Oct 09, 2018 06:16 PM

Curtain Descends on Xinjiang Movie Tax Haven

A China-Kazakhstan border checkpoint is seen in Khorgas, the Xinjiang Uygur autonomous region. Photo: VCG
A China-Kazakhstan border checkpoint is seen in Khorgas, the Xinjiang Uygur autonomous region. Photo: VCG

Chinese film and TV production firms have rushed to deregister their corporate entities in the tax-haven northwest border town of Khorgas in the Xinjiang Uygur autonomous region.

Their actions follow a heavy fine that was handed down to Chinese A-list actress Fan Bingbing for tax evasion, and come as authorities step up scrutiny of tax practices in China’s entertainment industry.

Caixin has identified over 70 film and TV production and distribution firms that have issued notices of cancellation of their company registration in Yi Li Daily, Xinjiang’s local newspaper, since June 1.

Many of the companies have ties with household names in China’s film industry, including award-winning director Feng Xiaogang, and director and actress Xu Jinglei.

A company must complete a clearing process and publish a newspaper announcement before it can file for cancellation of registration, according to Chinese company law.

Many in the entertainment industry are jittery about their tax payment practices in the wake of the authorities’ handling of Fan’s tax evasion case. A household name in China, Fan was ordered last week to pay restitution of around 479 million yuan ($69.3 million), and the companies she controls another 404 million yuan.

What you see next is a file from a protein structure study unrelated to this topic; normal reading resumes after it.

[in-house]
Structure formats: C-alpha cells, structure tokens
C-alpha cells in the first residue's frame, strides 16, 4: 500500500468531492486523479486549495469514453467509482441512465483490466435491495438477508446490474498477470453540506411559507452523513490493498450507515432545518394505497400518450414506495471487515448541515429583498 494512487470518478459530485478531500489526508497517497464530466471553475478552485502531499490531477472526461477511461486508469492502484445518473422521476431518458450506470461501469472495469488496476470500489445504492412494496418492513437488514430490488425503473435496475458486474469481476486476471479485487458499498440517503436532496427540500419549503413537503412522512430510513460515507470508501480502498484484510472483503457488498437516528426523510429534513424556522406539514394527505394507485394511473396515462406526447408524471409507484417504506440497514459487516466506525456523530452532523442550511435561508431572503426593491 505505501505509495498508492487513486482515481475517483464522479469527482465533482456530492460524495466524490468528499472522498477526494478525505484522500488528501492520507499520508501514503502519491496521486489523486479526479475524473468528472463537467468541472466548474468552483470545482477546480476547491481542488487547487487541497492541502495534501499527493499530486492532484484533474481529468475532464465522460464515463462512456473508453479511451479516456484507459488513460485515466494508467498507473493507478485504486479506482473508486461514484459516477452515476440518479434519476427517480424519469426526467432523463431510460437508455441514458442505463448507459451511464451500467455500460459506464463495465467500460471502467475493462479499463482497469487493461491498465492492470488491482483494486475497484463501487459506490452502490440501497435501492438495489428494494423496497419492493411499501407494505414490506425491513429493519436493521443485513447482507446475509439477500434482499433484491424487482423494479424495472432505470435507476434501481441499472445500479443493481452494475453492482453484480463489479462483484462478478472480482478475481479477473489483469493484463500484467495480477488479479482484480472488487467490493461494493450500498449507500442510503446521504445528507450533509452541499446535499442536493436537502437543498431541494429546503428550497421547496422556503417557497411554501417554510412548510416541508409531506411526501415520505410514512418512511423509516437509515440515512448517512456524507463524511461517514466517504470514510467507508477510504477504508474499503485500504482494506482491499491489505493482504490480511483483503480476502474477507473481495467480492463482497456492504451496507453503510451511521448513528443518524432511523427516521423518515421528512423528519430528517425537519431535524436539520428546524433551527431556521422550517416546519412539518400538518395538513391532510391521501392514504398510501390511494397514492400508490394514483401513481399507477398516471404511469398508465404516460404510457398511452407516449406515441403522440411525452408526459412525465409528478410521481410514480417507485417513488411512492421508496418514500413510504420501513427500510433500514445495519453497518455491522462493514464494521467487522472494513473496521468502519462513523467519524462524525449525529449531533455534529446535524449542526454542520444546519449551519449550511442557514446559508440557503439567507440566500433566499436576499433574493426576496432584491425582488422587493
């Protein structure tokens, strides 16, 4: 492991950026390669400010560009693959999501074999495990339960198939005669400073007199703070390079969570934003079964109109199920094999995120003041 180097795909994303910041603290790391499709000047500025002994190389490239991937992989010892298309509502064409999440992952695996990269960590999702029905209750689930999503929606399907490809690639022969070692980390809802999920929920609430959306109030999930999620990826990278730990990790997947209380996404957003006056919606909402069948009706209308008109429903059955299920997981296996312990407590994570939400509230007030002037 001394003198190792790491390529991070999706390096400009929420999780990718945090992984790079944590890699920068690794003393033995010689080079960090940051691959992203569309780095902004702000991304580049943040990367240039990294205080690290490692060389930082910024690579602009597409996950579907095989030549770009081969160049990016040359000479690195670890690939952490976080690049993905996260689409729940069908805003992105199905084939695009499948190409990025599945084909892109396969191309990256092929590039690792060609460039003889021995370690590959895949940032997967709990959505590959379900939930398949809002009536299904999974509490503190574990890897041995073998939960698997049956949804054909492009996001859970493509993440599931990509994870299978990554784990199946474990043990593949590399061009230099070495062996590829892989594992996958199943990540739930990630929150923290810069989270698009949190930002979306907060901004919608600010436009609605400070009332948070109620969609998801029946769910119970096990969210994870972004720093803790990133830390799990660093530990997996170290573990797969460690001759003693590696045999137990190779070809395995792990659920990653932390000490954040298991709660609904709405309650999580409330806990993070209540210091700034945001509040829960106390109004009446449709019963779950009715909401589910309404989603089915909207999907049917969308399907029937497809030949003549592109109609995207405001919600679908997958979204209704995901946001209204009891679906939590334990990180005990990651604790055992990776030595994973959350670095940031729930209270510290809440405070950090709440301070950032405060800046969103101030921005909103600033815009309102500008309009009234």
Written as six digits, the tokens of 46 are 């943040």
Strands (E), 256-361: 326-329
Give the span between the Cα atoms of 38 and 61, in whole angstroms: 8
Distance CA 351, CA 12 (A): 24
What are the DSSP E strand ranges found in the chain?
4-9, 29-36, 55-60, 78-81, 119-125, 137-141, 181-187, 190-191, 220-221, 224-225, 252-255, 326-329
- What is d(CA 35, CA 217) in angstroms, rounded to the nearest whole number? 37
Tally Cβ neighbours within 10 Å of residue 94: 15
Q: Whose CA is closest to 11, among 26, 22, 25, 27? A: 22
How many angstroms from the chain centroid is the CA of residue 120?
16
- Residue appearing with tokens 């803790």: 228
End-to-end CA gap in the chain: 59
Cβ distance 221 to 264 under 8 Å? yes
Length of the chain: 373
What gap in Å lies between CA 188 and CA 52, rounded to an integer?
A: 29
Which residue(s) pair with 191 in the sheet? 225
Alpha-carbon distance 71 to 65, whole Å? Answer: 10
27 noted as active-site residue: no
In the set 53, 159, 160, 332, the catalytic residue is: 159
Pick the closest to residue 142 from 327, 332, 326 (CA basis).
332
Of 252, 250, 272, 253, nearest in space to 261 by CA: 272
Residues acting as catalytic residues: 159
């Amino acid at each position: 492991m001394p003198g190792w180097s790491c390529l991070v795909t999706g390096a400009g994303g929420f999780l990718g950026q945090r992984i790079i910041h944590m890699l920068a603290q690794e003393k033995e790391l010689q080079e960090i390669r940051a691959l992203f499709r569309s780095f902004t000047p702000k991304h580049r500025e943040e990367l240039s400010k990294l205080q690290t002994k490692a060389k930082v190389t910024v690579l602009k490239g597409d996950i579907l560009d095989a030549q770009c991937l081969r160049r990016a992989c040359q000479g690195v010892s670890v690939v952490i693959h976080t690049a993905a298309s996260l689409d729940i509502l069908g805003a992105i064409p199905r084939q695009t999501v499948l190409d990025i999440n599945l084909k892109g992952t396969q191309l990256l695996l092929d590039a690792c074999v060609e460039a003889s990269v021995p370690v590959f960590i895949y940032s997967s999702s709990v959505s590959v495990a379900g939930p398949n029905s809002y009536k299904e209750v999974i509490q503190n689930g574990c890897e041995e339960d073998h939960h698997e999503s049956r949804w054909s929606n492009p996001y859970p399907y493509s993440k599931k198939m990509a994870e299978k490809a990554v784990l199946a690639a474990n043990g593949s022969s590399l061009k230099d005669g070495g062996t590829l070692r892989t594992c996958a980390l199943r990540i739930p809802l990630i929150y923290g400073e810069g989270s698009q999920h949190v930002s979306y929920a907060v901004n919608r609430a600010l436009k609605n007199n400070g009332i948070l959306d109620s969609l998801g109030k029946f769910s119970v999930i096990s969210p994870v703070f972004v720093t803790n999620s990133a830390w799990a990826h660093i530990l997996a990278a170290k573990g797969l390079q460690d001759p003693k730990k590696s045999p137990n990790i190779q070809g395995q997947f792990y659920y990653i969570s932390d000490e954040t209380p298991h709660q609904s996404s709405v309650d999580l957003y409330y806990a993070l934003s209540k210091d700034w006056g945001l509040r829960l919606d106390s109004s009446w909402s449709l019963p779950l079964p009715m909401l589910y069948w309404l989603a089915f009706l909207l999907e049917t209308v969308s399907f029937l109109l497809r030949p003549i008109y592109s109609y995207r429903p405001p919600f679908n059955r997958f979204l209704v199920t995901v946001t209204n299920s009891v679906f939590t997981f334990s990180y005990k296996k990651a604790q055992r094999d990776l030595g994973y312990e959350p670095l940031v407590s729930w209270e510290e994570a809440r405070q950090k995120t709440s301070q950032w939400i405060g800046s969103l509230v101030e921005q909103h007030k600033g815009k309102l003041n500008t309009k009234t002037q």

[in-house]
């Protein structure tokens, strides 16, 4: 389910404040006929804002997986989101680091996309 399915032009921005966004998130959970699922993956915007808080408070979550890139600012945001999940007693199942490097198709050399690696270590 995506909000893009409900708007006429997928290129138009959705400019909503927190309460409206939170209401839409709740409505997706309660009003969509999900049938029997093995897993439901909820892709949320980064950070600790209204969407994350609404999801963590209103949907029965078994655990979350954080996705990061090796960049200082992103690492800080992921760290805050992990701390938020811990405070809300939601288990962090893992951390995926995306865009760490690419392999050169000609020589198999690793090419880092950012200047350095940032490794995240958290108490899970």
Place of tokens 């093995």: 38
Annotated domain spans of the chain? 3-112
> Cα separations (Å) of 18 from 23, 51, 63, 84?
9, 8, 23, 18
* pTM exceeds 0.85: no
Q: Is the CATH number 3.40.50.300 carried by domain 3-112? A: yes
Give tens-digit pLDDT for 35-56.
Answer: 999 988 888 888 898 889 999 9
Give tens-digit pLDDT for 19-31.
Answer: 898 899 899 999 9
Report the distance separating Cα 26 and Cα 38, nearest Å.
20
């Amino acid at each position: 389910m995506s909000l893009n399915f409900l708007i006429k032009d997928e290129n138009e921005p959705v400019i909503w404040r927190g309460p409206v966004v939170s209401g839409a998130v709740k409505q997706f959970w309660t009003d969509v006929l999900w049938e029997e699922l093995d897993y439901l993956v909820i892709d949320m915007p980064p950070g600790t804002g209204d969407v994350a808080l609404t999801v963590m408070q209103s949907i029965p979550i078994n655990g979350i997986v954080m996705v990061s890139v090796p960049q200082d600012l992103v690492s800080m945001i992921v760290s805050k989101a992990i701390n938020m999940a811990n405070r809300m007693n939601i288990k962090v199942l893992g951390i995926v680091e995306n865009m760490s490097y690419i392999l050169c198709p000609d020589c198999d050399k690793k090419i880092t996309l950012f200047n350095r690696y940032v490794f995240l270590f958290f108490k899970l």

The State Administration of Taxation (SAT) requested individuals and companies in the entertainment industry on Monday to launch a self-inspection of their tax payment practices and pay any due taxes dating back to 2016.

The SAT vowed to improve the taxation system in the entertainment sector and said it will launch a probe into film and related companies in March. Those companies that had not made remedial payments by then will be severely punished, it said.

The Chinese-Kazakh border town of Khorgas has become a tax haven, shielding many companies in recent years.

To boost local economic development, the government has introduced a number of policies since 2010 that exempt newly registered companies in some industries from payment of corporate income tax for five years.

The exemptions start from the tax year in which a company’s first production and operations income is reported. After the exemption period, companies could continue to enjoy some local five-year fiscal benefits.

Contact reporter Charlotte Yang (

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